Tensions along the border between Poland and Belarus continue to rise. Earlier this week, Polish authorities said that a large number of people were trying to cross the border between the two countries. Many migrants have flocked to Belarus’ border with Poland, hoping to get to Western Europe. They have set up makeshift camps at the border as Polish security forces watch them from behind a razor-wire fence and prevent them from entering the country.
What Is The Reason Behind The Crisis?
Belarus experienced months of protests after the August 2020 election gave authoritarian President Alexander Lukashenko a sixth term in office. Opposition activists and the West also condemned the election. In response to the demonstrations, the Belarusian authorities carried out a brutal crackdown that led to more than 35,000 arrests and widespread police atrocities. The European Union and the United States reacted by imposing sanctions on Lukashenko’s government.
According to the Indian Express, the restrictions were tightened following the May 2021 incident where a passenger jet flying from Greece to Lithuania was diverted by Belarus to Minsk, to allegedly facilitate the arrest of journalist Roman Protasevich. In response to Belarusian air piracy, the EU barred Belarusian carriers from its skies and cut imports of key commodities, including petroleum products and potash, a fertiliser ingredient. Lukashenko responded by saying that he would not abide by an agreement to stem illegal migration, claiming that the EU sanctions deprived his government of funds required to stop migration. Thousands of migrants from Iraq, Syria and other countries reportedly began arriving in Belarus to head for Poland, Lithuania and Latvia.
In retaliation to the sanctions, the EU accused Lukashenko of using the migrants as pawns in a “hybrid attack” against the 27-nation bloc. Despite discouraging the flow of migrants, Lukashenko claims that the EU denies migrants safe passage, violating their rights.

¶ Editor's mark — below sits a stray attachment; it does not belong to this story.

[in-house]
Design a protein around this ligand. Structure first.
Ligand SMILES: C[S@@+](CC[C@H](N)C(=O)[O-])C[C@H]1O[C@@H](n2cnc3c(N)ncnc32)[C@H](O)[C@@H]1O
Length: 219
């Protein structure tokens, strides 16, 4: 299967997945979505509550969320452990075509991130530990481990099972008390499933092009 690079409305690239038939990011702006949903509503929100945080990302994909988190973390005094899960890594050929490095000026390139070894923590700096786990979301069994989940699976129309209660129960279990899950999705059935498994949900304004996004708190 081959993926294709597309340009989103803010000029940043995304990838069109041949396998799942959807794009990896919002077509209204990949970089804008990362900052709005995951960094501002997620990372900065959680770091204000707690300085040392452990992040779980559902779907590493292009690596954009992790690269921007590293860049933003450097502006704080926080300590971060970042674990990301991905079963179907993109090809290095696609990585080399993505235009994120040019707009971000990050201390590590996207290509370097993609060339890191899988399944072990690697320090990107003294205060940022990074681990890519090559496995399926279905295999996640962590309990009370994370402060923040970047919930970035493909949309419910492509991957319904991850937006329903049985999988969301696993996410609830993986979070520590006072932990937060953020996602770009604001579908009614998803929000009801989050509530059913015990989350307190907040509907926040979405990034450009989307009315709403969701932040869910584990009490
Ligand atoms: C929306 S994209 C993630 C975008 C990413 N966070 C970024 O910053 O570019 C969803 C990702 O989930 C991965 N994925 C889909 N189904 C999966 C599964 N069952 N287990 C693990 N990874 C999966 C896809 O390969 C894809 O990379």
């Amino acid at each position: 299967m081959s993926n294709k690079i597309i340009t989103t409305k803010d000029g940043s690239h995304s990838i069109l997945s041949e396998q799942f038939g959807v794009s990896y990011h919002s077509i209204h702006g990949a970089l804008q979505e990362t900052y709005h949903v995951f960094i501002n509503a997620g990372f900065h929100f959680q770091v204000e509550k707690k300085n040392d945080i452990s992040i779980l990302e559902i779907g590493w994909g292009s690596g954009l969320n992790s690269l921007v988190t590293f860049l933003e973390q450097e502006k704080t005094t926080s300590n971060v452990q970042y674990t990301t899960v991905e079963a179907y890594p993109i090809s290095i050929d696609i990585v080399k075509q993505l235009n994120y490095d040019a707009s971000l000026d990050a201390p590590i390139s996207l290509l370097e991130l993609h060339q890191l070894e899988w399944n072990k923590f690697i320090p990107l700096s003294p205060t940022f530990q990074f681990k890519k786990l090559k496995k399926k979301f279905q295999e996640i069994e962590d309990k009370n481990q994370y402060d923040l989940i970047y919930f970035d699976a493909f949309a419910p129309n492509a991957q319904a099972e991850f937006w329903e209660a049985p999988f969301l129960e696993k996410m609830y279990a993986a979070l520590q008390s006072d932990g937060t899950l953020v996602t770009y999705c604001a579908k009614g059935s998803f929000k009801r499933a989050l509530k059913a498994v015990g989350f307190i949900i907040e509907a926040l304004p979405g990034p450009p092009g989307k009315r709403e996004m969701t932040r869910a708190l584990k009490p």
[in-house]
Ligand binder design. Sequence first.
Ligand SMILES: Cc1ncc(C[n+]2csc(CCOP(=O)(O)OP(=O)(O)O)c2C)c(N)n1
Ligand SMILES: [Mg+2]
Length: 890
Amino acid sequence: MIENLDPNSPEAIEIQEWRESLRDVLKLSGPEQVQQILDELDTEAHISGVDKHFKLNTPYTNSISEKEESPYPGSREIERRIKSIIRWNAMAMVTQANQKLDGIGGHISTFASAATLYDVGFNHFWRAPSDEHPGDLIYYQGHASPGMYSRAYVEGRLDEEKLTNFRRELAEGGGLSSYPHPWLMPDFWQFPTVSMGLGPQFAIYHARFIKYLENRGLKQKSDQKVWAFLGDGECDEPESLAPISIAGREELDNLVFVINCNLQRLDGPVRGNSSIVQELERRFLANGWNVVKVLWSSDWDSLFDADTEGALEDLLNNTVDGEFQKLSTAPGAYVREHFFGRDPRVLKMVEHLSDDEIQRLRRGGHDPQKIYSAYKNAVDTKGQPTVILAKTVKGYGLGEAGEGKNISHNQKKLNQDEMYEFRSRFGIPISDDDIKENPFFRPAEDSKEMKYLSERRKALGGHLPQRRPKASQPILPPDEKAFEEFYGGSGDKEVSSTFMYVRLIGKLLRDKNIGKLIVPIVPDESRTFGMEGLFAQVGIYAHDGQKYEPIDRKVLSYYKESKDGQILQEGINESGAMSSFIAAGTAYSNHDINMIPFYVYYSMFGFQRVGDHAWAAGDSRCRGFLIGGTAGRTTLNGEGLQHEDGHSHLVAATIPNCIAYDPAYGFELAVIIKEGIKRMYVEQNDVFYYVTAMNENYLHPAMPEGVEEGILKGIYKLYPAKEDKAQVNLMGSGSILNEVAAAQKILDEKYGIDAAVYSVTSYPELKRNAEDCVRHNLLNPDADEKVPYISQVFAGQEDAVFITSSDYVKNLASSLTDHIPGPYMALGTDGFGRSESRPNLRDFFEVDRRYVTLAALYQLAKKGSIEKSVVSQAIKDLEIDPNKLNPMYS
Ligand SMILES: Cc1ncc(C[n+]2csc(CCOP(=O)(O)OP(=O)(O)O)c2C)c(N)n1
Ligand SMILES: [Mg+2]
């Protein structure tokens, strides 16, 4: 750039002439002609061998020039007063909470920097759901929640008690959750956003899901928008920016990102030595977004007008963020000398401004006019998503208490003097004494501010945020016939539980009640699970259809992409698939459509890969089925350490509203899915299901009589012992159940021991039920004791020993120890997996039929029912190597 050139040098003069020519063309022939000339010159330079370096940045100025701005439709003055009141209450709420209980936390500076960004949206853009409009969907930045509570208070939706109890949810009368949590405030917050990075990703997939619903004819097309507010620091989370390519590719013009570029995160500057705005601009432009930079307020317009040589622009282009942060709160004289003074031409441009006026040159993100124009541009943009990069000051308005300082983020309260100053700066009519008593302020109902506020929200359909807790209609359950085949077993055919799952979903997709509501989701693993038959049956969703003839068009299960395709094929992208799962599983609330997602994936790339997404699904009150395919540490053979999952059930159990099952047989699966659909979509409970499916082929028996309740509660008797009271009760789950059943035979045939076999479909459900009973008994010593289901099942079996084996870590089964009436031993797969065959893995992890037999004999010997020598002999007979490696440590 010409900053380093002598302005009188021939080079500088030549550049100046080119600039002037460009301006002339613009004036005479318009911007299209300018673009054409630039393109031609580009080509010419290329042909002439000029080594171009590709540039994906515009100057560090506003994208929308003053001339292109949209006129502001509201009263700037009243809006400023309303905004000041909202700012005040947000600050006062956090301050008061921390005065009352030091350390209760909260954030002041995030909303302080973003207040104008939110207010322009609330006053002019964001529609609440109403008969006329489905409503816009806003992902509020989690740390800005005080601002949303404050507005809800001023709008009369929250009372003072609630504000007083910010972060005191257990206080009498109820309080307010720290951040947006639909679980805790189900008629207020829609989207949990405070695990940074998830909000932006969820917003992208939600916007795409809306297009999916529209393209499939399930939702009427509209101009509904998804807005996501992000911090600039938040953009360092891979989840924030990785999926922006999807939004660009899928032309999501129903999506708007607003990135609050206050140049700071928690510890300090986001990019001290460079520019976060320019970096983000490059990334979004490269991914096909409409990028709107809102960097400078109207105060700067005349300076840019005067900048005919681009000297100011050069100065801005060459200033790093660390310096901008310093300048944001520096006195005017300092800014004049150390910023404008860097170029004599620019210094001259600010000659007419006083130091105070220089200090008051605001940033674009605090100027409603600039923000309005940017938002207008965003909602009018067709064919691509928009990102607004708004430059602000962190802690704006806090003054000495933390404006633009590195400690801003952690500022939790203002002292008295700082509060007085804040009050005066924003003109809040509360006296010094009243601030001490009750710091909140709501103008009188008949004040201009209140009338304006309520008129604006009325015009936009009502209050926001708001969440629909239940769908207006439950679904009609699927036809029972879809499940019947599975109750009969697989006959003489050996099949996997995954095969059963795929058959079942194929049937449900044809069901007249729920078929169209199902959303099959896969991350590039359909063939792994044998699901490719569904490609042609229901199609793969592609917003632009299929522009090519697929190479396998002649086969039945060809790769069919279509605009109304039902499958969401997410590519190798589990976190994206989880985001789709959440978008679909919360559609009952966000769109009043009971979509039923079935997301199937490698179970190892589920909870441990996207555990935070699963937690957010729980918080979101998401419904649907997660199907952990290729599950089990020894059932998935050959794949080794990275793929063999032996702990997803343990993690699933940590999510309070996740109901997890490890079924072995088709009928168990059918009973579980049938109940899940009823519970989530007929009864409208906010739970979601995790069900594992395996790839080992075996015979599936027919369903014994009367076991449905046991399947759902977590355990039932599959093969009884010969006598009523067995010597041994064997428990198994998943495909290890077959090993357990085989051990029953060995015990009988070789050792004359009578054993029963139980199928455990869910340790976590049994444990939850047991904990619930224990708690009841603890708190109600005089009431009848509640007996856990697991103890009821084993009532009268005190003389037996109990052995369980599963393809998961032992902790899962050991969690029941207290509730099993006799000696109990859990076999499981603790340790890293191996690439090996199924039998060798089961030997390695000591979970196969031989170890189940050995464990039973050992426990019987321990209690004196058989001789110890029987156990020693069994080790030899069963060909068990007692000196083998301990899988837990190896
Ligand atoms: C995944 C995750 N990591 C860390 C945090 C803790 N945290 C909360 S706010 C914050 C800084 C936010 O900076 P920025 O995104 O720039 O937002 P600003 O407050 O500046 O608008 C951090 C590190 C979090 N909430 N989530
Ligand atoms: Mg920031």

According to CNBC, despite the severe sanctions, Lukashenko’s powerful ally, Russian President Vladimir Putin has been instrumental in keeping the last dictator of Europe in power.
How Does Russia Fit Into This Picture?
Russia has shown strong support for Lukashenko’s government by providing loans and political backing. Russian Foreign Minister Sergey Lavrov said that the migration flows resulted from US-led wars in Iraq and Afghanistan and Western-backed uprisings in the Middle East and North Africa. As a result of the influx of refugees, he challenged the EU to offer financial assistance to Belarus. Meanwhile, the Kremlin rebuffed Poland’s claim that Russia is responsible for the crisis in an angry manner.
What About The Migrants?
Over 4,000 migrants have gathered at Kuznica border crossing in Poland, according to reports. Reports state that at least 10 migrants have already succumbed to the elements due to the low temperatures and the inhospitable forest environment in the area. The migrants are barred from crossing the Polish border, while at the same time, they are not allowed to return to Belarus that had transported them to the border in the first place. Some people used shovels and wire cutters to try to break through a razor-wire fence to cross. Polish authorities have prevented hundreds of attempts by migrants to cross. There have been reports of shots being fired, with each side blaming the other. Polish authorities have declared a state of emergency in the border region, prohibiting non-residents from visiting the area and making information difficult to access. Moreover, a state of emergency has been announced to deal with the small groups of migrants and strengthen its border with Belarus. The majority of migrants come from the Middle East and are fleeing war, poverty and famine.
While Poland, throughout the EU, has been criticised for its anti-migrant rhetoric in the past, its right-wing ruling party has now managed to cement its core support group by not allowing migrants to enter the country. A new round of sanctions against Belarus is expected, and European Council President Charles Michel has announced for the first time that the bloc would consider financing “physical infrastructure” such as fences and barriers at the border.
Belarus’ opposition has urged the EU to take even harsher measures, including an embargo on trade and a ban on cargo transit through Belarus.
What Happens Next?
According to estimates, Belarus hosts between 5,000 and 20,000 migrants from the Middle East and Africa. As the winter approaches, many have run out of money and become increasingly desperate. Residents of Belarus are uneasy about their presence and are putting pressure on the authorities to do something. Observers anticipate that Lukashenko will escalate the crisis and pressure the EU to ease sanctions.
Lukashenko seeks to soften the European sanctions that have dealt a painful blow to Belarus’ key industries, according to independent analyst Valery Karbalevich. “Belarusian authorities have tried unsuccessfully to persuade the EU to engage in talks and bargaining, and migrants are just an instrument in a hybrid attack by Minsk,” he added.